Books

Sadukie tagged me with her books post a couple of weeks ago and I’ve been meaning to respond with a post of my own.  I have a post I update periodically that includes some of my most recommended developer books (where I’ve been meaning to add Agile Principles, Patterns, and Practices in C# by Robert and Micah Martin) – if you’re looking for ways to improve yourself as a software developer I would start there.

Currently Reading

Right now I’m reading Disclosure, by Michael Crichton.  I’m a fan of his stuff, and in the last year I also read Next, State of Fear, and A Case of Need.  I’ve also been reading a lot of James Rollins novels (which Michelle got me started on), which are good light entertaining reads.  I’ve read Deep Fathom and Sandstorm and Amazonia, and I think my next one is Map of Bones, which I’ve not yet started.  Deep Fathom is a good one to start with if you’re so inclined.  The Percy Jackson books, which I read shortly after my then-7-year-old daughter read, were also fun and entertaining.

Digital Reader

My wife got me a Nook for Christmas this past year, and I took it on several trips and loaded it with a few books from the library and PDFs of things I wanted to read later.  It worked pretty well at first, but I have to say I’m not very happy with it at the moment.  It keeps getting into a state where I can’t turn it on or interact with it.  I won’t bore you with the details of all the various rituals I’ve gone through in terms of charging, connecting to AC vs. PC for power, resetting, etc. but suffice to say it’s been rather frustrating (even moreso than trying to get it out of its original packaging, for which there are videos to show you how to do it).  In short, I think I would rather try a Kindle, or maybe even an iPad, in lieu of this device.  The one thing that it has that’s cool, which I’m not sure the other devices support, is grabbing digital books from the local library.  But of course when you can’t get the thing to turn on, the allure of such things fades.

Recommendations

One book I really enjoyed reading last year is Zen and the Art of Motorcycle Maintenance.  I’ve been meaning to blog about the book and its relationship to Software Craftsmanship (which, by the way, there’s a group that meets in Hudson Ohio monthly to improve themselves in this regard), and hopefully I’ll get that done soon.  However, whether you’re a software developer or not, this is certainly an interesting book to read.  There are some great lessons about quality that I think are worthwhile for any reader.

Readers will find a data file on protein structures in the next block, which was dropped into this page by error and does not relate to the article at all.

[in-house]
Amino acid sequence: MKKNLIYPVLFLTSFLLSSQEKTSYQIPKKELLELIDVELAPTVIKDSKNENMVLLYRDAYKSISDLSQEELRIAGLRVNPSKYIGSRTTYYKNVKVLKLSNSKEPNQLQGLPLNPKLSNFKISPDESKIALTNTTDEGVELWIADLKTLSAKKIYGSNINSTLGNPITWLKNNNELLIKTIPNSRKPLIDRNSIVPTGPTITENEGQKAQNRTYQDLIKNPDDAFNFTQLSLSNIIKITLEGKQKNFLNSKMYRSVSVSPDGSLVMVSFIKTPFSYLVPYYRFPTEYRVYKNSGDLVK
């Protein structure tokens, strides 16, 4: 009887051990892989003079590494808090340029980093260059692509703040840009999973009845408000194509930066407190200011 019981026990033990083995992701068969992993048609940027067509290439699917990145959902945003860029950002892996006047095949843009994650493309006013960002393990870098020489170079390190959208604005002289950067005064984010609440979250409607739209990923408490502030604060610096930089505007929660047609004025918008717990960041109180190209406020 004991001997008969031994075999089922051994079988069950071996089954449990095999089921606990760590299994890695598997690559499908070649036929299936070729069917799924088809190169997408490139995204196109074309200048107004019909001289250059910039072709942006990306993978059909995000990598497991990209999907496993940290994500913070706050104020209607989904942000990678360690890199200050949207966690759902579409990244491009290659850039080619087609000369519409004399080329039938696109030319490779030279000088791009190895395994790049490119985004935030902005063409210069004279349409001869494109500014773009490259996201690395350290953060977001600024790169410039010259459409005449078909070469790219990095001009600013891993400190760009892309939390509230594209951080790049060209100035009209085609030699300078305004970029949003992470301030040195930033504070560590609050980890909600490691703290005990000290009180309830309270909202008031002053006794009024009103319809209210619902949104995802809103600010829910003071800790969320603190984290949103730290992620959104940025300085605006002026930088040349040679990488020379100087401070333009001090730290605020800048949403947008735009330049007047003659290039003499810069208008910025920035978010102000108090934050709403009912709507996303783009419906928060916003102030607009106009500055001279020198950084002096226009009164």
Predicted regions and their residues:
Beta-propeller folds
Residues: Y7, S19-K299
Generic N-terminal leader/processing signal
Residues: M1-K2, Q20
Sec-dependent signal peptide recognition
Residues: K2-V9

Also, though they’re not books, I highly recommend the web comics XKCD and Calamities of Nature for geeks.

Tag!

So what are you folks reading these days?

  • Chris Patterson

    You’re "reading" Disclosure right now? How could you put it down.

    I stayed up all night and finished it the day I got it back in 1994. One of his best IMHO, especially for a tech geek.

    Soul of a New Machine was a great book too, all about the old days at Digital Equipment Corp.

    The Rollins books are fun reads, but they get formulaic after the first couple of each series (I mean, how else can you knock out 2-3 books a year)…

    Good meme, I’ll try to post my response if I’m tagged.

  • ssmith

    Oh, and I forgot to add A Brief History of Time as one of my favorites, and I just recently listened to A Briefer History of Time on a 5 hour drive up to Toronto (as an audiobook) which I found very similar to the original (and probably a bit easier to grok while driving/listening).

  • ssmith

    @Chris,

    For some reason Disclosure hasn’t *really* grabbed me yet – I’m about 100 pages in. I agree about the Rollins books, but they’re still entertaining. Thanks for the comment, and in case you need permission, "TAG!" go tell us about your books!

  • Michael C. Bazarewsky

    Steve,

    I picked up a nook a few weeks ago, just before a week-long trip out of town. The first one started to act very flaky on me partway through the trip – rebooting on its own often, sometimes not being responsive, etc. Took it back to the store (Crocker Park), after the 14 day return window, and they exchanged it for me on the spot, no problem. Might be worth trying even after this much time; the replacement nook is clearly different hardware and there’s some talk on some of the e-reader forums that it is different hardware but nobody is sure on the details. The new one has been absolutely solid and trouble free.

  • Slava Agafonov

    You forget Phill and his blog Haacked: http://haacked.com

  • Aurana Books

    Academic books on-line might be purchased from a net site if the web site is trustworthy and has good reputation. By buying educational material off the web, you presumably can make certain you get world-class quality because books offered on-line come with readers’ rankings and you ought to purchase books primarily based on the scores and feedbacks provided. Some web sites also provide clients with reductions, especially for bulk orders. The question is, the place are you able to get educational books online?